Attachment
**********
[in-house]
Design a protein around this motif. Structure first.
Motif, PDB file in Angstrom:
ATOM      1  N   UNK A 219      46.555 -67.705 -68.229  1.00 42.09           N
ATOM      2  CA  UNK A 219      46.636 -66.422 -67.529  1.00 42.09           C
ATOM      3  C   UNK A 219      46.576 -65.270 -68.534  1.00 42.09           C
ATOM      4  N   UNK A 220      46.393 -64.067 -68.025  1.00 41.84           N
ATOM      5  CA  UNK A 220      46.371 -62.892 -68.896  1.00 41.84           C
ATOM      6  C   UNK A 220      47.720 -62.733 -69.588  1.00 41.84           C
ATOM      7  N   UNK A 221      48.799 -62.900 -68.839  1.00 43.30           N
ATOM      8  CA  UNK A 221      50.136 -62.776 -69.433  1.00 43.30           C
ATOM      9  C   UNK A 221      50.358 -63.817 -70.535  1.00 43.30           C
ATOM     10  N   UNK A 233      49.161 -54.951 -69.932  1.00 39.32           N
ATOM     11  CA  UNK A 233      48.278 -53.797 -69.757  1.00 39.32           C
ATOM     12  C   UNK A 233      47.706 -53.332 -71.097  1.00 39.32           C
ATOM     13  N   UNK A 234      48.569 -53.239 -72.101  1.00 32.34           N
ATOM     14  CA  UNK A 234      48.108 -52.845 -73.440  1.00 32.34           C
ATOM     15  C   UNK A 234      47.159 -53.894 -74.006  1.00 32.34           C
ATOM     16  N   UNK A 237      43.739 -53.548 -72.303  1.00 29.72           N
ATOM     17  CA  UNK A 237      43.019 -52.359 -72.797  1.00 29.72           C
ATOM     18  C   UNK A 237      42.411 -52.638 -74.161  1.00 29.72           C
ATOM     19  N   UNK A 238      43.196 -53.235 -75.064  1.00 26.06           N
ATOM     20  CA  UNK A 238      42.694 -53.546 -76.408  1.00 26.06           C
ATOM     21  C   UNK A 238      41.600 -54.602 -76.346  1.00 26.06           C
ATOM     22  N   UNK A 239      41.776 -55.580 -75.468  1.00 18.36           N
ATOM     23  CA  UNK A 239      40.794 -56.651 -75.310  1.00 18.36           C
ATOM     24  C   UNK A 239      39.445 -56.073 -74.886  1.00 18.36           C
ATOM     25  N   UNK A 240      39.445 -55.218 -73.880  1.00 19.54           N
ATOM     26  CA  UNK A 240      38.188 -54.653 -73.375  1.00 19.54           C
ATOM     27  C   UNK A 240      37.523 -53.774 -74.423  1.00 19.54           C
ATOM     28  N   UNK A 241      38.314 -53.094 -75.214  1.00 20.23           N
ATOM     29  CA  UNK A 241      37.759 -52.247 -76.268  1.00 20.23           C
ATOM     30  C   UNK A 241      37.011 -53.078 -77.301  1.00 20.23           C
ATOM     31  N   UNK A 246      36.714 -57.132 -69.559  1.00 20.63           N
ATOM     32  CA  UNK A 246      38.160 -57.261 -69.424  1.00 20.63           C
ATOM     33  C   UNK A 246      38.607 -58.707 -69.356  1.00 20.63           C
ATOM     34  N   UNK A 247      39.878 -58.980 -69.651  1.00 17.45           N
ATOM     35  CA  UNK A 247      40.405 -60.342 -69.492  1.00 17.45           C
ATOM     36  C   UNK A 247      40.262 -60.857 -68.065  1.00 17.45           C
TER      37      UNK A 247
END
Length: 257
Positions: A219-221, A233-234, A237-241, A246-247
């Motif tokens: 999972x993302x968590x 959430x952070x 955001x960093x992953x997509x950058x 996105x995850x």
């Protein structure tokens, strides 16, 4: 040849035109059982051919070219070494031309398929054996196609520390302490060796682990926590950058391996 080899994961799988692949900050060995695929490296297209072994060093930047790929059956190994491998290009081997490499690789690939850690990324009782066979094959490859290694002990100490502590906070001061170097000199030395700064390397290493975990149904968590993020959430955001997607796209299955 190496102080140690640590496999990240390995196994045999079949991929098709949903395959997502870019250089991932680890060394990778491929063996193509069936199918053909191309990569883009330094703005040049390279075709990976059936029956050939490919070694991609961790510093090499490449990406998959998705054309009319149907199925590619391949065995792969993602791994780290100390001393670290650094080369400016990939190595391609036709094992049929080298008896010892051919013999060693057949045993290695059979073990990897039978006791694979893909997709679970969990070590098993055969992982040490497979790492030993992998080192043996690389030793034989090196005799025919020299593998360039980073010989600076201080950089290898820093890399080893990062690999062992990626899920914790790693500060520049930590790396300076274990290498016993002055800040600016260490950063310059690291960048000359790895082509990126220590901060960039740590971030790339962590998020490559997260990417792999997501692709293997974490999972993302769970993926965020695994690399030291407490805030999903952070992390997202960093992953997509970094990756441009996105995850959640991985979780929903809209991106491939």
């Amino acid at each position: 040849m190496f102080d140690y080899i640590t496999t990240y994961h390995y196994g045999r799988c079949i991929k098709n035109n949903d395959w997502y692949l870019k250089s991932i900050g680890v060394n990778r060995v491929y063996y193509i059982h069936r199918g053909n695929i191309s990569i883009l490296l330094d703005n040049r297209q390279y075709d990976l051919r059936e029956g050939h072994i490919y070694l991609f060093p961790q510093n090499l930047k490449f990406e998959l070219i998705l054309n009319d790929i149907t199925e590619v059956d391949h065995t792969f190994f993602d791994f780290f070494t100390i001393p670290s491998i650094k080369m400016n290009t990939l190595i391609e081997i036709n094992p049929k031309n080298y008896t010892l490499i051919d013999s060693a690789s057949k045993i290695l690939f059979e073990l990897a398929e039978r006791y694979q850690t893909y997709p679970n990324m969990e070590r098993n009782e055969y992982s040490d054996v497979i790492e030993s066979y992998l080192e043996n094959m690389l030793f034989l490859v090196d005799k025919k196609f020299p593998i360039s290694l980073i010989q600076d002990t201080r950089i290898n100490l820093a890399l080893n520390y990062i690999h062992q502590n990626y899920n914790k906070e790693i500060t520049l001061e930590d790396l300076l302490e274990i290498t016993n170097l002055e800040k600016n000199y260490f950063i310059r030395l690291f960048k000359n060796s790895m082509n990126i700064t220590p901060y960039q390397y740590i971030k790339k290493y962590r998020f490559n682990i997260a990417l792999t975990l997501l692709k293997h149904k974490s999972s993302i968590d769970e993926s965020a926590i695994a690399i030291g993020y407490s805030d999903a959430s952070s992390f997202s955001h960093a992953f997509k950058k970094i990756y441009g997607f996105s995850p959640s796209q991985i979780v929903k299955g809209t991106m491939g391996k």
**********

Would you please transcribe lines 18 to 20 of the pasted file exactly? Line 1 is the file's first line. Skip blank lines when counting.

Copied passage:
ATOM     15  C   UNK A 234      47.159 -53.894 -74.006  1.00 32.34           C
ATOM     16  N   UNK A 237      43.739 -53.548 -72.303  1.00 29.72           N
ATOM     17  CA  UNK A 237      43.019 -52.359 -72.797  1.00 29.72           C